forwarding, in response to the determining that an interrupt is associated with the at least one of a plurality of data packet receive events, received data from each corresponding data packet receive event in the plurality of data packet receive events to a communication port associated with the corresponding data packet receive event.
8. An information processing system for mitigating processing overhead of processor assignment, the information processing system comprising:
a memory;
a processor communicatively coupled to the memory;
an interrupt handler communicatively coupled to the memory and the processor, wherein the interrupt handler is adapted to:
assign a first processor in a plurality of processors to a first communication port in a plurality of communication ports;
receive an interrupt associated with the first communication port; and
inhibit an assignment of a processor other than the first processor to handle the interrupt.
9. The information processing system of claim 8, wherein the interrupt handler is further adapted to:
determine, in response to receiving the interrupt, that a processor other than the first processor is to be assigned to handle the interrupt; and
set the first processor to handle the interrupt.
10. The information processing system of claim 9, wherein the interrupt handler is further adapted to determine that a processor other than the first processor is to be assigned to handle the interrupt by:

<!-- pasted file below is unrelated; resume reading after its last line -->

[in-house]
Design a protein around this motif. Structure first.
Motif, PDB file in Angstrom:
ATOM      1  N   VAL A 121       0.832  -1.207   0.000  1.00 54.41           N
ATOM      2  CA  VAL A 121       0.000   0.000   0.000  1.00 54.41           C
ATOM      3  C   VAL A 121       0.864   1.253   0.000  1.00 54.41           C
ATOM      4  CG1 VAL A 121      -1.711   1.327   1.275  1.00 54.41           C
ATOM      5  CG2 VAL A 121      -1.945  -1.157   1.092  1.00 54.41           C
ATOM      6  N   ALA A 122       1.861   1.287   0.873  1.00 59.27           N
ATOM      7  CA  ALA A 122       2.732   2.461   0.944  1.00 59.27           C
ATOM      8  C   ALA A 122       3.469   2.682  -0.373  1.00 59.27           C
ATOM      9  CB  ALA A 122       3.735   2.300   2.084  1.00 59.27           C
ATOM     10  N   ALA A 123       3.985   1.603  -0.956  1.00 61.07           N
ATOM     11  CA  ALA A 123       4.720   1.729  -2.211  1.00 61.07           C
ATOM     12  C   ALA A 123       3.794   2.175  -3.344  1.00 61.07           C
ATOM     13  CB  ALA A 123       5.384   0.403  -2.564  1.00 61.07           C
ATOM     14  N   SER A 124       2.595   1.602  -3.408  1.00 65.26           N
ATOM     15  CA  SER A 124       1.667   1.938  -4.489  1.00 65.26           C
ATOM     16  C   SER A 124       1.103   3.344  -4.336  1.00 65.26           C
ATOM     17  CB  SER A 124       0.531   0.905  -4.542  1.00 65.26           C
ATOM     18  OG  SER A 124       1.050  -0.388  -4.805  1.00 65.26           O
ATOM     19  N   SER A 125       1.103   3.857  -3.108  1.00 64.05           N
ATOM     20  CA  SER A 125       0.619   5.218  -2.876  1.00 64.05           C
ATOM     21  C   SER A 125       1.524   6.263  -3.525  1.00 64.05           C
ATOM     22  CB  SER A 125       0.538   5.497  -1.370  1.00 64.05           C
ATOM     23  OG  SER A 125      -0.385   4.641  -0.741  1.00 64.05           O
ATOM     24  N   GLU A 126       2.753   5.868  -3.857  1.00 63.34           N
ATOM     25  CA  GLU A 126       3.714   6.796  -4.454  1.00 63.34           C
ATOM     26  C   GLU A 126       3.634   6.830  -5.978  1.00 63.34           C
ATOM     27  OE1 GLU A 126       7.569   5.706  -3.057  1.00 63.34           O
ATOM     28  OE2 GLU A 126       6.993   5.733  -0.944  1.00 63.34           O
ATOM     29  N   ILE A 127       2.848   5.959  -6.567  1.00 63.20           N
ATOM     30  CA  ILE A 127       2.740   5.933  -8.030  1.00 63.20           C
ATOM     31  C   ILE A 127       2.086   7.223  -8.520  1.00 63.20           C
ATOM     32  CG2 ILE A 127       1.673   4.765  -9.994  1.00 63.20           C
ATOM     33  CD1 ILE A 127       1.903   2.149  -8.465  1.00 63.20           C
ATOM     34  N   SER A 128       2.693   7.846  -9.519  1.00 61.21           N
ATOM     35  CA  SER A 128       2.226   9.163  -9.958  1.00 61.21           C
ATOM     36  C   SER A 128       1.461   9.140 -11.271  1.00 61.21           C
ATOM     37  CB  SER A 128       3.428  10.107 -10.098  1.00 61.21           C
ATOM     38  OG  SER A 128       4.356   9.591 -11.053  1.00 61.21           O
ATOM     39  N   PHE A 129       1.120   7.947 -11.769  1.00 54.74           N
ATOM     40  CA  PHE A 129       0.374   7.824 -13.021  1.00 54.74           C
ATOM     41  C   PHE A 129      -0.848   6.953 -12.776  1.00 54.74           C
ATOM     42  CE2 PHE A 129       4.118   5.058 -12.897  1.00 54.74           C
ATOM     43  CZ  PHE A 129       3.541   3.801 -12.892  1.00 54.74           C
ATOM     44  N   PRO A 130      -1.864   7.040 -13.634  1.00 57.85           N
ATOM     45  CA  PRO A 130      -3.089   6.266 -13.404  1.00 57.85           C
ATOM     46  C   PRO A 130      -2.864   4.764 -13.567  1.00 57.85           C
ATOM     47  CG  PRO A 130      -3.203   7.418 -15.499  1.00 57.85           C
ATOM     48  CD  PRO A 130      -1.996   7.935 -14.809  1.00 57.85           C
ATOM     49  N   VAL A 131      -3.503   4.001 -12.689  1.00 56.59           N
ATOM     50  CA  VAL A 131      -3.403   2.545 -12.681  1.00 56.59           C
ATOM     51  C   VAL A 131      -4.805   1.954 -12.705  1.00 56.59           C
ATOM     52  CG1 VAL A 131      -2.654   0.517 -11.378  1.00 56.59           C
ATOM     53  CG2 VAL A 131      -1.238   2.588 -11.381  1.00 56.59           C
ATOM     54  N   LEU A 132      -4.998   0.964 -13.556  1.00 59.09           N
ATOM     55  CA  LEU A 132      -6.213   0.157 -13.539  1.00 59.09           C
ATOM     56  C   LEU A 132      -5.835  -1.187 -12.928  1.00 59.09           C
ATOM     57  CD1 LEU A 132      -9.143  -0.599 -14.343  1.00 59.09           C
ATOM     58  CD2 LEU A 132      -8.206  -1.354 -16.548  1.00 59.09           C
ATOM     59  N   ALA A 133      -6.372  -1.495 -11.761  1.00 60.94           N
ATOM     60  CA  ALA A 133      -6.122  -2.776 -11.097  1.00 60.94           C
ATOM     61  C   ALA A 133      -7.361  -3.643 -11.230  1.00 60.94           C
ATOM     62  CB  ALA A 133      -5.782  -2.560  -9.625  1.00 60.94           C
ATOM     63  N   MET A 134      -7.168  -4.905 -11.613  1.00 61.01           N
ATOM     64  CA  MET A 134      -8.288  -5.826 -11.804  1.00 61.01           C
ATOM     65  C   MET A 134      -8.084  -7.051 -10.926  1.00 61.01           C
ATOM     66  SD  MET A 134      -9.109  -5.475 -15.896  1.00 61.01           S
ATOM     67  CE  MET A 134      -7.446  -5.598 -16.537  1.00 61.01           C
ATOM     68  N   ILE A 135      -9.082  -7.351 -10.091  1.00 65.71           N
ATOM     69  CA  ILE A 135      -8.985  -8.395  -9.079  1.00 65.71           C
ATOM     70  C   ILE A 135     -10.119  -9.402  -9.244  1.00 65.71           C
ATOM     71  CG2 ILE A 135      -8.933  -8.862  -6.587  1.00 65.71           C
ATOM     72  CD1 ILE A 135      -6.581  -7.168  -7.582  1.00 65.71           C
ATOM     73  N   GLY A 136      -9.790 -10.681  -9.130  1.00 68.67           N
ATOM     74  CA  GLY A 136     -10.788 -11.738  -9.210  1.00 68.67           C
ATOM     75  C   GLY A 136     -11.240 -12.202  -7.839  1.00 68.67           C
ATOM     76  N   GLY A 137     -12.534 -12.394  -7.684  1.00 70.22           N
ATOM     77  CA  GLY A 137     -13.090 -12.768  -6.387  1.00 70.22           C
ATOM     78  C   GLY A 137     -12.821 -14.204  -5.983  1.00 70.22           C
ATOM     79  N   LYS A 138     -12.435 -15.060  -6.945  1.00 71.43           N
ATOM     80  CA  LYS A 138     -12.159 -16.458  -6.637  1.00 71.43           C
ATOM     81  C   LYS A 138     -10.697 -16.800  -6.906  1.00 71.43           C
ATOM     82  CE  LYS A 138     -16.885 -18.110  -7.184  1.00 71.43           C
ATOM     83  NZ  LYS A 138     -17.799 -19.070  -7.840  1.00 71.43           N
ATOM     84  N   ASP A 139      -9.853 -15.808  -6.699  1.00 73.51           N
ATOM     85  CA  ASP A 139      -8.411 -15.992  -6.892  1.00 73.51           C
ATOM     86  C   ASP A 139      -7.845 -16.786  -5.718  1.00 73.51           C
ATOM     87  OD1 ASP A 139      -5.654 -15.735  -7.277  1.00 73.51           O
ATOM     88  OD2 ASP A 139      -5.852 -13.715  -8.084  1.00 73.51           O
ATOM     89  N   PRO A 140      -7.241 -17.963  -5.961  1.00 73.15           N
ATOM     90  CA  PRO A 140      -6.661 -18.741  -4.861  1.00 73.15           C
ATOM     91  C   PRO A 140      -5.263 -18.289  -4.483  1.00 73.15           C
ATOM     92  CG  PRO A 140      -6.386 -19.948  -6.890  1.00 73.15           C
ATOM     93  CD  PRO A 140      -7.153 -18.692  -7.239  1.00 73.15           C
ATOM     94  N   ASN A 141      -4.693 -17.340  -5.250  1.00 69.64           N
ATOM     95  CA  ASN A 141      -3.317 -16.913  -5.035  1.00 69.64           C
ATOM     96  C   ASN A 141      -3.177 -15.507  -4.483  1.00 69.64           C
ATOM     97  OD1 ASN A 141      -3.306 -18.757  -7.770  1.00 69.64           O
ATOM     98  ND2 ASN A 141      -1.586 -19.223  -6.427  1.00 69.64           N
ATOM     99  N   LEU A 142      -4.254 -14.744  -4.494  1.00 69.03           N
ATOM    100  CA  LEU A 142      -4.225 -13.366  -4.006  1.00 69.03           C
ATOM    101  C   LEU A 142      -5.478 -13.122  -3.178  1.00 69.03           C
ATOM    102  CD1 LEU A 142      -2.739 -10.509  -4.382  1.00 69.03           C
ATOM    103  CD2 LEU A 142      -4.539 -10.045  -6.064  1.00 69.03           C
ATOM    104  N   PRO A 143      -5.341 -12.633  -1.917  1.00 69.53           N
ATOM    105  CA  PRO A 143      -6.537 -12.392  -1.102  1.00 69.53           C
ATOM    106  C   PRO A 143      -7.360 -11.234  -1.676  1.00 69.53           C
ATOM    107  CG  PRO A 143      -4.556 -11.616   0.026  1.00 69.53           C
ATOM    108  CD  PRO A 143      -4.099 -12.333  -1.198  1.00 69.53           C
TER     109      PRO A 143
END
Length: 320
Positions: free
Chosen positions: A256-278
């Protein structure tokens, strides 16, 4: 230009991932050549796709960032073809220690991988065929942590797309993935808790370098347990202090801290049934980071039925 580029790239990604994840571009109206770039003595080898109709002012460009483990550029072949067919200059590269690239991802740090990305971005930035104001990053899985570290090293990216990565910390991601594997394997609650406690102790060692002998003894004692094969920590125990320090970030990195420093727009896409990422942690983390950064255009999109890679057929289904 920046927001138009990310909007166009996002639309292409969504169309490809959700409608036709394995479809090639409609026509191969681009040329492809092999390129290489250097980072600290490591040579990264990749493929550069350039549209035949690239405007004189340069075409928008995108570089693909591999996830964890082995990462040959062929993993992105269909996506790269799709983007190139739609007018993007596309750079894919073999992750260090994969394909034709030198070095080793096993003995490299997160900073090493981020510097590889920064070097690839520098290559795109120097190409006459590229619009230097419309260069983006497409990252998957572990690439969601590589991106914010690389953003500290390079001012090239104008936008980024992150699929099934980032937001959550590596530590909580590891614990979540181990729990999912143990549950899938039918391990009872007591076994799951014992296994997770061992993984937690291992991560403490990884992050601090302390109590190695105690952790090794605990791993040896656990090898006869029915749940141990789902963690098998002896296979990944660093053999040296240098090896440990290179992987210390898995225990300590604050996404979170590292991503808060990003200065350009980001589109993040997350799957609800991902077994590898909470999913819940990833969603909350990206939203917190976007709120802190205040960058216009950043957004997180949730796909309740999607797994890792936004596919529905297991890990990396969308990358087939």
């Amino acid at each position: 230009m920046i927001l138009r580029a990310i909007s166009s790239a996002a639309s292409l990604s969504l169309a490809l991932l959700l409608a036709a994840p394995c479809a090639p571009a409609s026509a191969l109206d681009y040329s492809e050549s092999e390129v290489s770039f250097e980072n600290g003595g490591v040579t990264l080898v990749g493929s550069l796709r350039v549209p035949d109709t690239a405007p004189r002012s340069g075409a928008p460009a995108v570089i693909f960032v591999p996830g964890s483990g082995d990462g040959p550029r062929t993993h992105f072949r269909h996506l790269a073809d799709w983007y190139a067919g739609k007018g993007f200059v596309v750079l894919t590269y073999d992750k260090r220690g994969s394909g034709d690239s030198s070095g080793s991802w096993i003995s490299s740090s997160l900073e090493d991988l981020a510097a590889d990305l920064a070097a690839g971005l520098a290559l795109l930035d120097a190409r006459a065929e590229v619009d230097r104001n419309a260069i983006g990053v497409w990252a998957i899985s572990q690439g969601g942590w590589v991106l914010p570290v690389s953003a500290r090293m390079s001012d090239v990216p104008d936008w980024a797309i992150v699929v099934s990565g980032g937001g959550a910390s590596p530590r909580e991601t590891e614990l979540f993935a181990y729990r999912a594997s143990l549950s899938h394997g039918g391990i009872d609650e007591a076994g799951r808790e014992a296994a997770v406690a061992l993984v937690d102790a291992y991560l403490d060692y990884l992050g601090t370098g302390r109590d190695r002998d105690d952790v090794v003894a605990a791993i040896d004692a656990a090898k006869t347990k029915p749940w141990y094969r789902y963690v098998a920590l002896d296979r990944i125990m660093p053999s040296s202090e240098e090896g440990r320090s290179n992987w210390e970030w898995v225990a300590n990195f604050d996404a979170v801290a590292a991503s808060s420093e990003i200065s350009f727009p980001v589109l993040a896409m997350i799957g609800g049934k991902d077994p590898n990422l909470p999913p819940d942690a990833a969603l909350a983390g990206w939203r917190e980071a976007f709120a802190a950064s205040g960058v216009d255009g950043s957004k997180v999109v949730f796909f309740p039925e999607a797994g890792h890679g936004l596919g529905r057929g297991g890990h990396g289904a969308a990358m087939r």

preventing a data packet associated with the interrupt from being forwarded to the first communication port.
11. The information processing system of claim 8, wherein the interrupt handler is further adapted to:
determine that the interrupt is associated with a send event; and
forward, in response to determining that the interrupt is associated with a send event, a send request associated with the send event to the first communication port.
12. The information processing system of claim 8, wherein the interrupt handler is further adapted to:
determine that the interrupt is associated with a single data packet receive event.
13. The information processing system of claim 8, wherein the interrupt handler is further adapted to:
setting a port receive interrupt threshold associated with the communication port to a number equaling a current number of received packets for the first communication port;
receiving another interrupt in response to the port receive interrupt threshold being set equal to the current number of received packets for the first communication port;
determining that a current processor assigned to handle the another interrupt is the first processor; and
forwarding, in response to determining that a current processor assigned to handle the another interrupt is the first processor, a received data packet associated with the interrupt to the first communication port.
14. The information processing system of claim 8, wherein the interrupt handler is further adapted to:
determine that an interrupt is associated with at least one of a plurality of data packet receive events that occur contemporaneous to each other; and
forward, in response an interrupt being associated with the at least one of a plurality of data packet receive events, received data from each corresponding data packet receive event in the plurality of data packet receive events to a communication port associated with the corresponding data packet receive event.